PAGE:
War Costs, Affluence, and Democracy
The inflation-adjusted cost of the wars in Afghanistan and Iraq have now exceeded that of the Vietnam War, Lori Montgomery reports in the business section of WaPo, but the cost has been virtually unnoticed because of our relative affluence.
The global war on terror, as President Bush calls the fighting in Iraq and Afghanistan and related military operations, is about to become the second-most-expensive conflict in U.S. history, after World War II.
Since the Sept. 11, 2001, terrorist attacks, Congress has approved more than $609 billion for the wars, a figure likely to stand as lawmakers rework their latest spending bill in response to a Bush veto. Requests for $145 billion more await congressional action and would raise the cost in inflation-adjusted dollars beyond the cost of the wars in Korea and Vietnam.
But the United States is vastly richer than it was in those days, and the nation’s wealth now dwarfs the price of war, economists said. Last year, spending in Iraq amounted to less than 1 percent of the total economy — about as much as Americans spent shopping online and less than half what they spent at Wal-Mart. Total defense spending is 4 percent of gross domestic product, the figure that measures the nation’s economic output. In contrast, defense spending ate up 14 percent of GDP at the height of the Korean War and 9 percent during the Vietnam War.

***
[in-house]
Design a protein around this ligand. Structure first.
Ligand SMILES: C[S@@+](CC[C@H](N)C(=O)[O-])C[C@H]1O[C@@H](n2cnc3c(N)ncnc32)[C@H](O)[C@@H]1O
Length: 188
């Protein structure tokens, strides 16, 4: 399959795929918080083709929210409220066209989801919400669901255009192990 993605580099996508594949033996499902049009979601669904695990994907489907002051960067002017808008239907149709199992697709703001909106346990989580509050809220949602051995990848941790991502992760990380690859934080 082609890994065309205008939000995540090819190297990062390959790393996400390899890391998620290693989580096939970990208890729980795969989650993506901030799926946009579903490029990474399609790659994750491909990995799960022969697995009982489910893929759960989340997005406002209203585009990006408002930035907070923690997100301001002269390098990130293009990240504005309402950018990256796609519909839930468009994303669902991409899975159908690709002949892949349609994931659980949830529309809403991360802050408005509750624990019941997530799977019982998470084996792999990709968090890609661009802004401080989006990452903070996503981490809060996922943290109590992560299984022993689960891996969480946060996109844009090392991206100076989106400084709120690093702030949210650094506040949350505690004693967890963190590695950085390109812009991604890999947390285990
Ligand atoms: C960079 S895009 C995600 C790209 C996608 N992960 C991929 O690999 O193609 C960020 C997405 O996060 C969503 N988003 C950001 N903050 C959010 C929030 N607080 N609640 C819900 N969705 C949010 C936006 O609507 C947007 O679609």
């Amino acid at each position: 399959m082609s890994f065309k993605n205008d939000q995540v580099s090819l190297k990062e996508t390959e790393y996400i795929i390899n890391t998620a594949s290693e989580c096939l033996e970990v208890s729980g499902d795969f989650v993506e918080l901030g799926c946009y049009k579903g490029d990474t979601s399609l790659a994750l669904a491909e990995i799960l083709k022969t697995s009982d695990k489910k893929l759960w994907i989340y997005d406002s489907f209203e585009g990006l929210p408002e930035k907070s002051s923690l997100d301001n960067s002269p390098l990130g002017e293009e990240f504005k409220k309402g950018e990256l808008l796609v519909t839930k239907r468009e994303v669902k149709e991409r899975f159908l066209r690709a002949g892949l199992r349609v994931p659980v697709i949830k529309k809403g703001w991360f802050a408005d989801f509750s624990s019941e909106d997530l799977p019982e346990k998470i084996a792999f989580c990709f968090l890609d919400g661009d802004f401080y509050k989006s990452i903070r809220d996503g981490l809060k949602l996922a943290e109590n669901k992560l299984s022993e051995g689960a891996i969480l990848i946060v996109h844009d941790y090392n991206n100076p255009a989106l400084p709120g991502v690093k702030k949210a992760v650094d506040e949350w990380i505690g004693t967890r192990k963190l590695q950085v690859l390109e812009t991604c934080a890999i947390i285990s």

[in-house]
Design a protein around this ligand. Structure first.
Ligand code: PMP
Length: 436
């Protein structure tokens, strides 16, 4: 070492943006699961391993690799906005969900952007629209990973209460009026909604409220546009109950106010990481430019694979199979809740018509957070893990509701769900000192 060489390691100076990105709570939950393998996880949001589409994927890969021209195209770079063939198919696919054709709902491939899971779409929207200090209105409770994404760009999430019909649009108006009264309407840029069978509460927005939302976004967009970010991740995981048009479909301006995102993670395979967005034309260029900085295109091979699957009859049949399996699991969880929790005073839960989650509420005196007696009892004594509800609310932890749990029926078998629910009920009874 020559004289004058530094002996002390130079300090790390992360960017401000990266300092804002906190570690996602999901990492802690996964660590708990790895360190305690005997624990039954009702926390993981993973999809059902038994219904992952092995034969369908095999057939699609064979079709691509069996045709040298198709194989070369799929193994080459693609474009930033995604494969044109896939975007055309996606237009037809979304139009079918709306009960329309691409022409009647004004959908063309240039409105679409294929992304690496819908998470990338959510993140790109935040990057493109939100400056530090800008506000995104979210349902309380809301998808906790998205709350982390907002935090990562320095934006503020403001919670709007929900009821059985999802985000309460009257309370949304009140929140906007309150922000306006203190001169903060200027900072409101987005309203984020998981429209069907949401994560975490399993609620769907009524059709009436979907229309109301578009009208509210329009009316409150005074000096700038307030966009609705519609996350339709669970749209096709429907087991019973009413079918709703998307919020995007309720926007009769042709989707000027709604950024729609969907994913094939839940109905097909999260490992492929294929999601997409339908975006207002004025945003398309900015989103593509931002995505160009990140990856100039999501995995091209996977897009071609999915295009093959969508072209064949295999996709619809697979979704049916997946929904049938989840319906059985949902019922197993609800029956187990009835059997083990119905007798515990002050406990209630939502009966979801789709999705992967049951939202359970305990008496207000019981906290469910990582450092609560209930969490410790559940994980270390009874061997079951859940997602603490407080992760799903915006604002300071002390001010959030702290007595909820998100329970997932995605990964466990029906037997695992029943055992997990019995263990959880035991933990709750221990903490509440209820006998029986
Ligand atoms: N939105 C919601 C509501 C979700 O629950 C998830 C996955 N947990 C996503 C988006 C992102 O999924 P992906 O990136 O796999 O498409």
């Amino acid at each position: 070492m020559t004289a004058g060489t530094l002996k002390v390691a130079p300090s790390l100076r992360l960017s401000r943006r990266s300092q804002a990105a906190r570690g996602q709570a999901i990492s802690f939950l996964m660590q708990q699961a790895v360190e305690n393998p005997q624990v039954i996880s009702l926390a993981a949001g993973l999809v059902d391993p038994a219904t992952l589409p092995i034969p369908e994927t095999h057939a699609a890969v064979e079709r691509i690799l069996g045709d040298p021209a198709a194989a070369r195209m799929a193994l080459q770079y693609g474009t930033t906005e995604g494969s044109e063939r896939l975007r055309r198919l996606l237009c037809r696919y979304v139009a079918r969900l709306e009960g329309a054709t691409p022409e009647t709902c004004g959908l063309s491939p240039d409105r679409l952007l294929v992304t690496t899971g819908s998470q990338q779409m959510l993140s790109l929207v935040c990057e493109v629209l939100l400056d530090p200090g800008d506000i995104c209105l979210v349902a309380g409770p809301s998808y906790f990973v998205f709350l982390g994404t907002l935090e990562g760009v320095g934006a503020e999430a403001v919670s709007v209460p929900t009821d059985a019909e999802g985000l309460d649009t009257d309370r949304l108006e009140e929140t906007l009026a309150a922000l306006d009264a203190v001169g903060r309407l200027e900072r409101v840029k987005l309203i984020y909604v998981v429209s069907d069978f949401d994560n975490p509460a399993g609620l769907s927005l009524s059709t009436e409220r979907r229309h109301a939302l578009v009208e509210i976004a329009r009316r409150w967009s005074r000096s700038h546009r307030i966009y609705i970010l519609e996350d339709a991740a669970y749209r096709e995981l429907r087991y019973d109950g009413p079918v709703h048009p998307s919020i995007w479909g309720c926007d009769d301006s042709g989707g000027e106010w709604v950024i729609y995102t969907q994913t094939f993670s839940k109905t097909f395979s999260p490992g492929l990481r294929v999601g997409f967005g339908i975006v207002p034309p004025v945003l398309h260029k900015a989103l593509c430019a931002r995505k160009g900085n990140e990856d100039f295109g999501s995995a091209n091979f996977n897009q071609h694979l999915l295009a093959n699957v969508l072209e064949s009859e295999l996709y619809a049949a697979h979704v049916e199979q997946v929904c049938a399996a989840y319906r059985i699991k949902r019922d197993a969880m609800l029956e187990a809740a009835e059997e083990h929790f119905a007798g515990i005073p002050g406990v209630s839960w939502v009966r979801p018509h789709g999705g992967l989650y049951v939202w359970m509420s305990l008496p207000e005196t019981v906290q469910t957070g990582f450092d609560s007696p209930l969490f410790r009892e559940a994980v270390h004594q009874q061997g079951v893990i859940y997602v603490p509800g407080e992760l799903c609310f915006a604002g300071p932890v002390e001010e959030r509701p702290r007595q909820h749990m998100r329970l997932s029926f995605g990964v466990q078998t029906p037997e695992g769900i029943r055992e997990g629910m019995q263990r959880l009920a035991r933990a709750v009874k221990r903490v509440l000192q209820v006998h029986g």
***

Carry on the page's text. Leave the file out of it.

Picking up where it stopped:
And this time, the war bill is going directly on the nation’s credit card. Unlike his predecessors, Bush is financing a major conflict without raising taxes or making significant cuts in domestic programs. Instead, he has cut taxes and run up the national debt. The result, economists said, is a war that has barely dented the average American’s pocketbook and caused few reverberations in the broader economy.
All-and-all, it would seem a good thing that we’re becoming richer and can afford both guns and butter. To the extent that the wars in Iraq and Afghanistan are making us more secure — and I grant that there is significant debate on that issue — then financing it in such a way that is largely painless is a net good. Further, it’s not unreasonable that future generations would pay part of that cost, since defeating the jihadists would redound to their benefit as well.
Will Wilkinson, though, notes that it has the negative consequence of making it easier for the government to fight an unpopular war:
Government is generally inefficient relative to markets because, among other things, periodic voting is a terribly slow feedback mechanism compared to the rapid adjustment of market prices. A policy can be failed for a long time before voters catch on and demand at the polls that it be changed. When voter demand and taxpayer cost are disconnected in the way debt-financing disconnects them, the problem of slow feedback is made even worse, practically ensuring the persistence of expensive, failed policies.
I think that’s right, whether we’re talking about defense policy or any other issue. Then again, making people feel large amounts of economic pain all at once for investments designed to yield benefits in the longer term would stifle good policies as well as bad.